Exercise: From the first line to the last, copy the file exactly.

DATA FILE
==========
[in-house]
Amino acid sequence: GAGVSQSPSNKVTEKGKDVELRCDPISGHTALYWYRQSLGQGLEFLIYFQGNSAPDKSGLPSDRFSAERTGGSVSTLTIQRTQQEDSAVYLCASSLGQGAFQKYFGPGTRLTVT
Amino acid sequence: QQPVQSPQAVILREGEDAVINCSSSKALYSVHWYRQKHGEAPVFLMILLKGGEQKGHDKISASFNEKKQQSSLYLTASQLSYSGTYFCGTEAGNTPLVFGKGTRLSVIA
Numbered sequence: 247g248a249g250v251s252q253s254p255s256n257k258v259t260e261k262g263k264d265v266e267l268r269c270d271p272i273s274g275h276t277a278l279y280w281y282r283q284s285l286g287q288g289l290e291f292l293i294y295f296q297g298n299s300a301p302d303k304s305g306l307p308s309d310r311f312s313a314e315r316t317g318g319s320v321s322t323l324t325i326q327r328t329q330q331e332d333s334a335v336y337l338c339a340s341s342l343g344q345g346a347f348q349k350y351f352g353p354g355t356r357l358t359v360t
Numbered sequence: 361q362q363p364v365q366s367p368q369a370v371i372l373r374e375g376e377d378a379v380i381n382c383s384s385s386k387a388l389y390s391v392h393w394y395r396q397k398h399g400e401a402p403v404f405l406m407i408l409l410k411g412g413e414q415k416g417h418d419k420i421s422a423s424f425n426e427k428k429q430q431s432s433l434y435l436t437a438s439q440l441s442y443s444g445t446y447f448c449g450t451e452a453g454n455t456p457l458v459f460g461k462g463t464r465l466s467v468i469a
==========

[in-house]
Amino acid sequence: GAGVSQSPSNKVTEKGKDVELRCDPISGHTALYWYRQSLGQGLEFLIYFQGNSAPDKSGLPSDRFSAERTGGSVSTLTIQRTQQEDSAVYLCASSLGQGAFQKYFGPGTRLTVT
Amino acid sequence: QQPVQSPQAVILREGEDAVINCSSSKALYSVHWYRQKHGEAPVFLMILLKGGEQKGHDKISASFNEKKQQSSLYLTASQLSYSGTYFCGTEAGNTPLVFGKGTRLSVIA
Numbered sequence: 247g248a249g250v251s252q253s254p255s256n257k258v259t260e261k262g263k264d265v266e267l268r269c270d271p272i273s274g275h276t277a278l279y280w281y282r283q284s285l286g287q288g289l290e291f292l293i294y295f296q297g298n299s300a301p302d303k304s305g306l307p308s309d310r311f312s313a314e315r316t317g318g319s320v321s322t323l324t325i326q327r328t329q330q331e332d333s334a335v336y337l338c339a340s341s342l343g344q345g346a347f348q349k350y351f352g353p354g355t356r357l358t359v360t
Numbered sequence: 361q362q363p364v365q366s367p368q369a370v371i372l373r374e375g376e377d378a379v380i381n382c383s384s385s386k387a388l389y390s391v392h393w394y395r396q397k398h399g400e401a402p403v404f405l406m407i408l409l410k411g412g413e414q415k416g417h418d419k420i421s422a423s424f425n426e427k428k429q430q431s432s433l434y435l436t437a438s439q440l441s442y443s444g445t446y447f448c449g450t451e452a453g454n455t456p457l458v459f460g461k462g463t464r465l466s467v468i469a